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CNN/SI Preview: Minnesota Twins

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Posted: Friday March 12, 1999 12:50 PM

  Radke has allowed an average of 31 homers in his four major league seasons. Harry How/Allsport

By Greg Auman, CNN/SI

Player to Watch: Brad Radke, P

With a career record of 54-54, Brad Radke can go one of two ways in 1999 -- back to the success that saw him win 20 games in 1997, or back to the form that saw him lose at least 14 games in each of his three other seasons in the majors.

Radke's 1998 season was a disappointing dropoff -- forget his 12-14 record and 4.30 ERA and consider that opposing batters hit .283 against him, after hitting .257 against him in 1997.

Radke, just 26, can become a free agent after the 1999 season, and given Minnesota's desire for a light payroll, he might be in a new uniform before the season is over. Being on the open market should be incentive enough, but Radke usually starts his seasons well -- he was 7-3 with a 2.83 ERA entering June last year, and 15-5 at the end of July in 1997. A solid start for Radke in '99 might end his stay in Minnesota, but might pay off in other ways.

1998 Recap (70-92, 4th in AL Central)

Minnesota's sixth straight losing season saw the Twins hovering under .500 all season long. Once the team established it wasn't moving to Charlotte, it also made it clear it really wasn't going anywhere in the standings, either.

In August and again in September, the Twins endured 1-12 stretches that made a tough season altogether frustrating. There were glimpses of promise as young players played a more prominent role in the Twins' lineup.

Second baseman Todd Walker emerged in his first full season, hitting .316 with 12 home runs and 62 RBIs. Outfielder Matt Lawton raised his batting average 30 points from '97 and led the team with 21 home runs and 77 RBIs. Promising young first baseman David Ortiz saw his season end due to injury after just 86 games.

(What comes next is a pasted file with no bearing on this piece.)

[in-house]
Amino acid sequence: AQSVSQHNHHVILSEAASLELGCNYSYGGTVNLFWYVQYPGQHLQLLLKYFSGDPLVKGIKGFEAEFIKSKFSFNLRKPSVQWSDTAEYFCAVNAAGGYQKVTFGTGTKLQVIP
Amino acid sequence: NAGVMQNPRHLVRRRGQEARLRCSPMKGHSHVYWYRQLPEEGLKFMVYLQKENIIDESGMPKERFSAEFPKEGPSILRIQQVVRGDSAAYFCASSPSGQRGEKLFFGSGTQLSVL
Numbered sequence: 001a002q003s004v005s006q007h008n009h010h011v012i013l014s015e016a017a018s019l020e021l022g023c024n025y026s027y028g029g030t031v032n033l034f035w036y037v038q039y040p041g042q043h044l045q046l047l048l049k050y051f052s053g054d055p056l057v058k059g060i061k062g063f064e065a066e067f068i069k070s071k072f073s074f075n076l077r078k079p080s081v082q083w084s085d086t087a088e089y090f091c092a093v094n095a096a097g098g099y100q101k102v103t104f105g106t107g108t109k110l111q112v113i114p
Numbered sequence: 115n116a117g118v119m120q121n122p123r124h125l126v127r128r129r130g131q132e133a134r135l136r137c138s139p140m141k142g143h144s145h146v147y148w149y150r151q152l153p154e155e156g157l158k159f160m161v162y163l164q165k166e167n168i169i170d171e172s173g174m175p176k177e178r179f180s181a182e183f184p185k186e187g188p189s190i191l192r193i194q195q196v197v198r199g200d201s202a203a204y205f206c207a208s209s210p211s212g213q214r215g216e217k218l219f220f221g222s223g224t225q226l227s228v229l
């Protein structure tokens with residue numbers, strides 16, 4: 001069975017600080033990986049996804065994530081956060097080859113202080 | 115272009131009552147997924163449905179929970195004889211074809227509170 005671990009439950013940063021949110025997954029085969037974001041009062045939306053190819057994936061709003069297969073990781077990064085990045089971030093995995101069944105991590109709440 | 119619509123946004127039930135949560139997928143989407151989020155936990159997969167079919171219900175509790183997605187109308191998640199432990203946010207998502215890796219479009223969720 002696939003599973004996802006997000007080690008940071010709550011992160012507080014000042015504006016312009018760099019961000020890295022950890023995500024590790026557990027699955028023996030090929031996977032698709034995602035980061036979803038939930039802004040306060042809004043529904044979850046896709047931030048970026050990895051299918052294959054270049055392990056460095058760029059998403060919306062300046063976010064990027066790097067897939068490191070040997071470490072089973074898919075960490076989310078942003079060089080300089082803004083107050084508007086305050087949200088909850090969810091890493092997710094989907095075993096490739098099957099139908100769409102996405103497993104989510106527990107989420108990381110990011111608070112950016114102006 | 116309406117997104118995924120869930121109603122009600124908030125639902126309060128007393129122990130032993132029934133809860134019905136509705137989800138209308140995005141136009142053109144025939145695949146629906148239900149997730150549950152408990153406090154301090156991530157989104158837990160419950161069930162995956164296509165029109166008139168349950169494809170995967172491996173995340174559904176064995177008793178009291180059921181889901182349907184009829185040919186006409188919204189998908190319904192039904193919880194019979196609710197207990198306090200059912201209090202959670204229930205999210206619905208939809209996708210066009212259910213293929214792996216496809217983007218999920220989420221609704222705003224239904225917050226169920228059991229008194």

However, the team lacked power as a whole -- their 115 home runs were second-worst in the American League -- while opposing batters hit .284, with only the Rangers allowing more hits in the AL.

1999 Outlook

The Twins might not be better in 1999, but they'll certainly be younger this year. Paul Molitor has retired and Otis Nixon is with the Braves, and once closer Rick Aguilera is traded, the Twins won't have anyone over 35 on roster. That's a refreshing change from last season, when Mike Morgan, 39, and Bob Tewksbury, 38, combined for 42 starts. Both are gone now, and young mediocrity is always preferred to its aging counterpart.

Tom Kelly is the last remaining link to the 1991 World Champions, entering an unimaginable 14th season in Minnesota. He boasts the longest active reign with the same team among major-league managers, and if the team's young talent can develop this season, that likely won't change this year.
Roster roundup
Who's new
No major free-agent signings

Who's gone
DH Paul Molitor, OF Otis Nixon, SS Pat Meares, OF Alex Ochoa, P Mike Morgan, P Bob Tewksbury, P Dan Naulty

 

In addition to Radke, two other young pitchers each lost 14 games and gained valuable experience last year. LaTroy Hawkins, 26, needs to inherit Tewksbury's control, and Eric Milton, the key prospect the Yankees gave up to get Chuck Knoblauch last year, could be the team's future ace at just 23. Three rookies -- Benj Sampson, Dan Serafini and Mark Redman -- will also battle for a spot in the rotation.

If the Twins can pick up immediate help in trading away Aguilera and Radke, they can make 1999 a more bearable year for Minnesotans, and if the young prospects can step up like last year's surprising contributors did, the Twins can turn potential into something more tangible in the league standings in a few years.

 
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